How Does IO-Link Work?
Industrial environments are generating more data than ever. Whether it’s production volume, downtime or serial numbers, this information offers unique insight into processes and productivity.
Many plants rely on this data for tracking purposes but it can also be used for much more:
- Improve operations
- Expand go-to-market strategies
- Streamline maintenance
- Boost uptime
- Increase yield
The trick is to find a way to collect, analyze and display it. Using plug-and-play smart sensors powered by IO-Link can help you take full advantage of the data your plant generates.
Where Did IO-Link Come From?
Within the last decade, the industry has experienced a few big changes:
- To be used in things like robots or attached to hard-to-reach equipment, sensors needed to become smaller as mechanical components were shrinking. This made it difficult to integrate fieldbus interfaces into sensors due to size limitations.
- Manufacturing and automation equipment became more complicated which created the need to gather and control data beyond basic “on/off” or “high/low” capabilities.
- It was becoming more difficult to keep up with the various types of cables used for digital and analog sensors. Each required a different installation configuration and needed to be stocked in case of performance problems.
These factors drove the creation of worldwide IO-Link technology. As a standardized interface, it works in the smallest of devices from any manufacturer around the globe. Furthermore, IO-Link devices can be easily integrated via an IO-Link master to different kind of fieldbus environments or automation systems (more on this below).
What is IO-Link?
IO-Link is a simple, point-to-point communications protocol used, for example, in factory and logistics automation environments to link sensors and actuators to the fieldbus or industrial Ethernet.
This protocol makes sensors “smart.” Without it, simple sensors can communicate one parameter: on/off, no object/object present, high/low, etc. With IO-Link, even small sensors can communicate much more data—and translate that data to actual values. Instead of telling you whether a temperature level is “high” or “low,” for example, smart sensors utilizing IO-Link can provide current temperature readings.
IO-Link can be compared with USB, which is a famous point-to-point communication protocol used extensively in the enterprise world. It connects computer accessories—monitor, mouse and keyboard—to your computer, for example.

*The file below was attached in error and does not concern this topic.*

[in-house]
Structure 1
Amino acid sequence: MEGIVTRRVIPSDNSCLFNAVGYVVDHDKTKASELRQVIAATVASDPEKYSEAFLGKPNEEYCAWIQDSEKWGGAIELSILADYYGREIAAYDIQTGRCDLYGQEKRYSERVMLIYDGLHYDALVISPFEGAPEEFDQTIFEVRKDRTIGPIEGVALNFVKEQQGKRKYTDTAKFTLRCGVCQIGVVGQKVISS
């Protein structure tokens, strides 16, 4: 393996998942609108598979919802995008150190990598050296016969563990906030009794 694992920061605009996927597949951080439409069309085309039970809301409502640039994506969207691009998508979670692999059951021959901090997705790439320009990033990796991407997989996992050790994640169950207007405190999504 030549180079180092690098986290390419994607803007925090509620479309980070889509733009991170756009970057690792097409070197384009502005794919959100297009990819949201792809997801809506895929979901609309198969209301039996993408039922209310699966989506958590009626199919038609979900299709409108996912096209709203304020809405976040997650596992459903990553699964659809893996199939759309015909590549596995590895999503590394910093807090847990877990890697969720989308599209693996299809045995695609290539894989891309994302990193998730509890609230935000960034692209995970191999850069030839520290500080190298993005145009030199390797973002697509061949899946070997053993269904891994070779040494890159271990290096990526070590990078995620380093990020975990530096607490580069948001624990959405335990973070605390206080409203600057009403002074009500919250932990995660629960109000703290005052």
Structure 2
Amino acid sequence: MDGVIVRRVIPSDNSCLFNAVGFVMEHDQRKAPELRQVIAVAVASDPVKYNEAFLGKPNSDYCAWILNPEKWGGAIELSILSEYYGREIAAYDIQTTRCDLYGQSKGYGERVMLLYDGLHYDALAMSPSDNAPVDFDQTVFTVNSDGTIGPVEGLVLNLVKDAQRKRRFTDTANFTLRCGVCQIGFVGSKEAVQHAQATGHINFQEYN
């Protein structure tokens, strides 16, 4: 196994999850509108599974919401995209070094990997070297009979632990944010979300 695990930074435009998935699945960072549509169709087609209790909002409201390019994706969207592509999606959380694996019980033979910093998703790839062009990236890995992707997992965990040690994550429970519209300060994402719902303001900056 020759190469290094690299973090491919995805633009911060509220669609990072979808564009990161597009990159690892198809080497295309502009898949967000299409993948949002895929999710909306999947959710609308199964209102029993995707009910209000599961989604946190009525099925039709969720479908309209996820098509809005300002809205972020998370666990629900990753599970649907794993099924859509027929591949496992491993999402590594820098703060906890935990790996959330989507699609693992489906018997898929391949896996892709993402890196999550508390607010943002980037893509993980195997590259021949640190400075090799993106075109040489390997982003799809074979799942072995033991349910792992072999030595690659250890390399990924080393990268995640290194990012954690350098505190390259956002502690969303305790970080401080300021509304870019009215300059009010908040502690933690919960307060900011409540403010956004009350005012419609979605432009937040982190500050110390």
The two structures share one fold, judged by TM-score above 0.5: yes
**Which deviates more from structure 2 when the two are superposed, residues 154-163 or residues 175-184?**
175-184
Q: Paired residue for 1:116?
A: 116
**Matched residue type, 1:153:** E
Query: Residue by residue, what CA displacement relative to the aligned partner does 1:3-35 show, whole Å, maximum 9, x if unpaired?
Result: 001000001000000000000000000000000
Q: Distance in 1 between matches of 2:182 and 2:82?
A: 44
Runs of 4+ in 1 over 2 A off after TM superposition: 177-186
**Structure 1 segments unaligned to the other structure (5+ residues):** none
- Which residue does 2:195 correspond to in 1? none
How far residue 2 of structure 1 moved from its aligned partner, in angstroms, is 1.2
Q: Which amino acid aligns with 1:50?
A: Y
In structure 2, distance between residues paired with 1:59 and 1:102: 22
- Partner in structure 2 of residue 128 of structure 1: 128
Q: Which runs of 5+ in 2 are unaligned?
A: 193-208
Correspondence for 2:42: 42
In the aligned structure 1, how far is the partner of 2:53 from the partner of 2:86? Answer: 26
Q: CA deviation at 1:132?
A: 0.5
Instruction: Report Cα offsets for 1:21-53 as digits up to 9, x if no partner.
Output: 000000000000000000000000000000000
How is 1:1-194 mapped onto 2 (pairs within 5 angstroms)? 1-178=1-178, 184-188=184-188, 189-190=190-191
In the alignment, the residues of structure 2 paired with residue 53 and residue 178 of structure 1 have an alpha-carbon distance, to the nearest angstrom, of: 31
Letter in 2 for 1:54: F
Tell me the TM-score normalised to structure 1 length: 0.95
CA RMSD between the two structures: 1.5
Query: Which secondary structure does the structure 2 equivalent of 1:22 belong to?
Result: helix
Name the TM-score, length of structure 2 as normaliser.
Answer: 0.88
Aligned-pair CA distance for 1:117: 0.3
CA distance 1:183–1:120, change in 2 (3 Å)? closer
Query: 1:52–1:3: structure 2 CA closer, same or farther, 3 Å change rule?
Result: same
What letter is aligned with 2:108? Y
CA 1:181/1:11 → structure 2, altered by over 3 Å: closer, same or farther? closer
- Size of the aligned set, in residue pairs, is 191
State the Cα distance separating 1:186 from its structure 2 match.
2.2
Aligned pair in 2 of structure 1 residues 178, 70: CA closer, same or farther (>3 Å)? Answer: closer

For easy installation, a single cable is run from an IO-Link device (such as a sensor or actuator) to an IO-Link master, which controls communication with devices and links to networks like EtherNet IP or Profinet to share information with the control system. Data is transmitted from the IO-Link master via a high-level fieldbus communications protocol to a PLC or computer. In the enterprise example above, the mouse or keyboard would be the IO-Link device and the computer would be the IO-Link master.
The Value of IO-Link
In addition to facilitating fast, cost-effective communication among devices to reduce downtime, IO-Link offers other benefits as well.
IO-Link masters can store up to 2 KB of the parameters that impact how a sensor or actuator functions. When a device connects to the IO-Link master, the correct parameters are automatically uploaded. This makes things like sensor replacement quick and easy, with no need for manual intervention once the device is installed.
Remote Configuration & Monitoring
Device and sensor parameters can easily be changed remotely as needed, saving valuable time in the manufacturing process to accommodate things like product changeovers (shifting from small bottles to large bottles on a production line, for example). This also makes it easier to reconfigure devices in hard-to-reach locations. Sensor outputs and status alerts can be monitored remotely in real time to help you quickly identify and resolve problems before they cause downtime.
Smart sensors equipped with IO-Link can communicate about their own status via the IO-Link master to the PLC. Before processes come to a halt, you’ll know immediately if a sensor needs to be replaced, requires maintenance or is experiencing an error. This gives you the ability to optimize machine maintenance schedules and diagnose problems with a specific sensor without shutting down the entire line or a piece of equipment.
3 Limitations of IO-Link Technology
While IO-Link has the capability to streamline manufacturing processes and save valuable time, it also has a few limitations:
- The cable that runs between the IO-Link device & IO-Link master has a 20 m distance limit
- IO-Link devices can transmit up to 32 bytes per cycle, however, it can’t transmit megabytes of data
- IO-Link is designed for integrated automation applications. If you manage simple standalone applications, you may not see a great benefit from IO-Link
Working with an IO-Link Expert: Belden
With the addition of IO-Link hubs to Belden’s LioN-Power IO-Link System, sensor and actuator connectivity are improved.
LioN-Power IO-Link hubs connect up to 16 standard digital I/O signals on one end and transmit them to the controller via IO-Link. When combined with LioN-Power IO-Link masters, digital I/O signals can be cost-effectively transmitted up to 20 m away from the IO-Link masters.
Belden’s system also offers several industry-first features that set it apart when it comes to improving uptime and conserving workforce resources:
- Developed the world’s first IO-Link master with multi-protocol to support both PROFINET & EtherNet/IP (2015)
- M12 hybrid connectors & cables that combine data & power to simplify device needs & lower cost
- The ability to transmit up to 16 A per module (vs 4 A) with the first IO-Link system using M12 L-coding (supports daisy chaining)
- IP65, IP67 & IP69K housing ratings for superior resistance to mechanical stress, shock, vibration, dust & water